Let’s talk about tax.
Or more particularly let’s talk about secondary tax.
Early on in my mothering life as a good middle class parent your correspondent – or probs a family member as I was pretty much exhausted for the first couple of years with each baby – bought Dr Seuss’ ABC.
Aunt Abigail’s Alligator A – A – A
All the letters had rhymes with words that started with the ‘profiled’ letter. The exception – pun coming – was the letter X. Because I guess xylophone and xenophophia were outside the target range for preschoolers – the rhyme became X is very useful for words like ax (with no fricken e) and extra fox.
Now while I was still 5 plus years away from discovering tax, Mr your correpondent and I always read that as extra tax. Coz I mean what is an extra fox for goodness sake? Aunt Abigail’s Alligator now that makes sense but – Dude really – an extra fox? What’s that about?
Now amonst the Precariat secondary tax is very much considered to be an extra tax. And according to the Council of Trade Unions the Labour party has promised – as they did last election – to repeal it on coming to government.
Thing is they haven’t actually promised that. They have said in the detail of recommendation S8 that the Government as part of Inland Revenue’s business transformation should look to remove secondary tax. These are subtle but important distinctions which we will come back to. Lucky for them Labour actually has someone on their team that gets tax.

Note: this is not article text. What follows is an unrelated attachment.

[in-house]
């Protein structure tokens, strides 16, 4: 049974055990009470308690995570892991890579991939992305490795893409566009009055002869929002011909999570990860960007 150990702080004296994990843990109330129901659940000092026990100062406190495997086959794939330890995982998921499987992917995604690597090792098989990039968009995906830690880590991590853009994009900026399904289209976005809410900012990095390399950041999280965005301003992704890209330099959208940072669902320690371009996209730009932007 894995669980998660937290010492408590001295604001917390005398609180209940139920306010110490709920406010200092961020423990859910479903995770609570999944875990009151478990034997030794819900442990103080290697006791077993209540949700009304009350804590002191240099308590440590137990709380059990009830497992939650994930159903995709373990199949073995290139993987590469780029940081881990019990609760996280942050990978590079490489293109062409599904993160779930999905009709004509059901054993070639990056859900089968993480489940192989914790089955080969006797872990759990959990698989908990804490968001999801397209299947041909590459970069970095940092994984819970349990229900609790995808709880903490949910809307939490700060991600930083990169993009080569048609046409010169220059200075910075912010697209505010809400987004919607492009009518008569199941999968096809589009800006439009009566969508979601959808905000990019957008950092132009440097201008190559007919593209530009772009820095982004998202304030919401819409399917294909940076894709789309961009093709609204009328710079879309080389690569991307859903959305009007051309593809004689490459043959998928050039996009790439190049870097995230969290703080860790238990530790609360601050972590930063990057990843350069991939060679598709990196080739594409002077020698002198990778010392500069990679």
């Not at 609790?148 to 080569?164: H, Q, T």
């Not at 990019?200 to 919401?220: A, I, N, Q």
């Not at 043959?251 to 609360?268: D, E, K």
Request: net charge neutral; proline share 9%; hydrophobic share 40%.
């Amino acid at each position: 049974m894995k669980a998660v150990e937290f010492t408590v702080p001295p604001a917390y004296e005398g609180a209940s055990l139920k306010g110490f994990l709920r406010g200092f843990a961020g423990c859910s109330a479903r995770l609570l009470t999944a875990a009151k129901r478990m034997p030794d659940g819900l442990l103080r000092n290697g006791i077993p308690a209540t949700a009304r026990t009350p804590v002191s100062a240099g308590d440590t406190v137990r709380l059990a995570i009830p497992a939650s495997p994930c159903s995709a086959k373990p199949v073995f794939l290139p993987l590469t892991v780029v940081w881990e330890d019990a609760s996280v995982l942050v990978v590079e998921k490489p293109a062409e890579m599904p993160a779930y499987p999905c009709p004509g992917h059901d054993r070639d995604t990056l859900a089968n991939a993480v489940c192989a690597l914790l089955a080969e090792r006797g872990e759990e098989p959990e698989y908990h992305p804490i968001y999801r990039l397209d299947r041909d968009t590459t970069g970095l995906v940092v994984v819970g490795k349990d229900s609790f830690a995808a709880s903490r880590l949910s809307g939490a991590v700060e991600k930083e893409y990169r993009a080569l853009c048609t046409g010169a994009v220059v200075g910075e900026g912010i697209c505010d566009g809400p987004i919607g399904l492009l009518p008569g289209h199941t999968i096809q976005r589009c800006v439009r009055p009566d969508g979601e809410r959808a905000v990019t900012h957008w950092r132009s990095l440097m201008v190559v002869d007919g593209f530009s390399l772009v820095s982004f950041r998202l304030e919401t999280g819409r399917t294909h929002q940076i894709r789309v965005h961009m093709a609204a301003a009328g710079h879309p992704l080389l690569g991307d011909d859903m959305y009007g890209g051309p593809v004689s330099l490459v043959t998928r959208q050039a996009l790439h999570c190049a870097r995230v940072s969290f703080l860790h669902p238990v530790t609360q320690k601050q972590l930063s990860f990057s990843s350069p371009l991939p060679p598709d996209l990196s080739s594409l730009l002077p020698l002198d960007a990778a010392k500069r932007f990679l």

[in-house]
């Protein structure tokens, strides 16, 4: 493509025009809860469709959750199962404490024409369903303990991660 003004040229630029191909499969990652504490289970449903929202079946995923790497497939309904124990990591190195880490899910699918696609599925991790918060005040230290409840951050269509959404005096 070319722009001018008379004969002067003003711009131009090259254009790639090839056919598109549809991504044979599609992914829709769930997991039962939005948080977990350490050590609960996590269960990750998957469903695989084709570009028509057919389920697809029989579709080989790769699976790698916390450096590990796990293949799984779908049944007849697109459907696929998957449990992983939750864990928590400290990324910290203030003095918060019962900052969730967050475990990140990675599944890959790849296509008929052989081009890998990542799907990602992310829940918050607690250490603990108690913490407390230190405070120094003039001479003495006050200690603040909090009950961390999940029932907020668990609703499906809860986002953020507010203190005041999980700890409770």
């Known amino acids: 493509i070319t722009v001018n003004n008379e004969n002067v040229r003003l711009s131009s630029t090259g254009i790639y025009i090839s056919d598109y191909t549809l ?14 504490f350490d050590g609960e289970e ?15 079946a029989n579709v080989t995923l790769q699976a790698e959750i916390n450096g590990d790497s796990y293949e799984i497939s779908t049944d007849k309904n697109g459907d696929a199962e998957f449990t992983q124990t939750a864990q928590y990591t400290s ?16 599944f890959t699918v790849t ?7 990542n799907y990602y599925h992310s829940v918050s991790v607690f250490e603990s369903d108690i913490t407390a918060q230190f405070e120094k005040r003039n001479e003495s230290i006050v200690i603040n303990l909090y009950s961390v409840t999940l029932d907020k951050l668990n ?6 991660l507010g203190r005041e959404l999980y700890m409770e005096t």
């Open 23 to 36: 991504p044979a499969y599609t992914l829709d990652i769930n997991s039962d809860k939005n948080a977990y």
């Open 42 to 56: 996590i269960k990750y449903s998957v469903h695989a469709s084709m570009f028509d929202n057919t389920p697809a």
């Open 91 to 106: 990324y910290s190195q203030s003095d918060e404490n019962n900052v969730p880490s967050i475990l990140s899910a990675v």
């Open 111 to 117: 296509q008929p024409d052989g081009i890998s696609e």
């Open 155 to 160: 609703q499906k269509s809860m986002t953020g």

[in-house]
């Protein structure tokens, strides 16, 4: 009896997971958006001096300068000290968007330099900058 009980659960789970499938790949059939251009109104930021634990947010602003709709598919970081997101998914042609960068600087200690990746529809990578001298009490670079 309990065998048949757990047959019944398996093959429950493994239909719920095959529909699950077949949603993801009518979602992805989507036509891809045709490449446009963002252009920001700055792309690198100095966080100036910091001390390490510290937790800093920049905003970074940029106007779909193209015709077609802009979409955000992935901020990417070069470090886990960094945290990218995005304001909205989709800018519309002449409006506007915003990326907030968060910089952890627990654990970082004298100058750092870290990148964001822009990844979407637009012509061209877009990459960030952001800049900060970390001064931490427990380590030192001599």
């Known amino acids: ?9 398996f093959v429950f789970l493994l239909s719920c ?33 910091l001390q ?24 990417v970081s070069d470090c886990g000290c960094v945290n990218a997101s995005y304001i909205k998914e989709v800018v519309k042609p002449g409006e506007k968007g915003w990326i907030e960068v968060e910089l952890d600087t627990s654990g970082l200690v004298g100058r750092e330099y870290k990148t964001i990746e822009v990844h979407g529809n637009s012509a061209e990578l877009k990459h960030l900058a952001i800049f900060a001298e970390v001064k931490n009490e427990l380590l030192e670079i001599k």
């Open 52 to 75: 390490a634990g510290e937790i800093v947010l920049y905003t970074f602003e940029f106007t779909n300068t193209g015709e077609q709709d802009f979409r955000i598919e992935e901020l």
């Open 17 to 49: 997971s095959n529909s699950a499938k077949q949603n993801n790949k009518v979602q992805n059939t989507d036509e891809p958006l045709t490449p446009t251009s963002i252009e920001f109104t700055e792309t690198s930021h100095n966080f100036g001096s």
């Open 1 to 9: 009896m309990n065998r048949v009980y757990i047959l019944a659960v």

So what is secondary tax?
Well it is the tax deducted on second jobs. It is a function of having the progressive tax scale that the left loves so much.
First jobs get code M which I guess stands for main job. It takes the pay and multiplies it by the number of pay periods to get an annual amount ; calculates the tax and then divides that by the number of pay periods to get the tax for the income in the period. While it is relatively simple it does mean those with lumpy pays – overtime; seasonal workers – are overtaxed as a high pay is assumed to be a high annual income.
Second jobs however people have to choose a flat rate – secondary tax – based on how much they earn from other jobs. And there is a view – clearly shared by the CTU – that this overtaxes their income. Now it is true that it taxes second jobs more than first jobs but this is really just to reflect that extra income means higher tax.
Coz remember how progressive taxation means the more income you earn the proportionally greater tax you pay? Yeah well this is how it is implemented for those with second jobs und the current PAYE system.
Now I fully get that as it is a flat rate and if you don’t earn as much as you thought you will be over taxed. But that is a function of our PAYE system being inherently middle class. As it works beautifully for those on stable incomes ie salaries.
Everyone else with unstable incomes – even if it is only from one job – runs the risk of being overtaxed and then yes needing the claim a refund. And then yes if you go to those refund companies they’ll take a cut. There is an IRD option but they don’t have the marketing budget of the refund firms so it is less well known.
The real issue though is the changing face of employment and precarious work – something the Labour Party is at least acknowledging and trying to address. Yeah I am not sure about the training levy either – but at least they are trying.
So yeah trying to get BT to address lumpy incomes is a good idea. So good that Hon Mike may have his officials on it already.
Just repealing secondary tax though is a really dumb idea.
Unless you are happy with undertaxation and people needing to file and/or becoming non-compliant with all the associated risks. Alternatively it is an argument for widening the bottom bands. But rich people will get that benefit too. So Labour Party – trying to get technology to solve it is the right direction.
Real issue though is the numbers outside the withholding systems coz they’re not employees.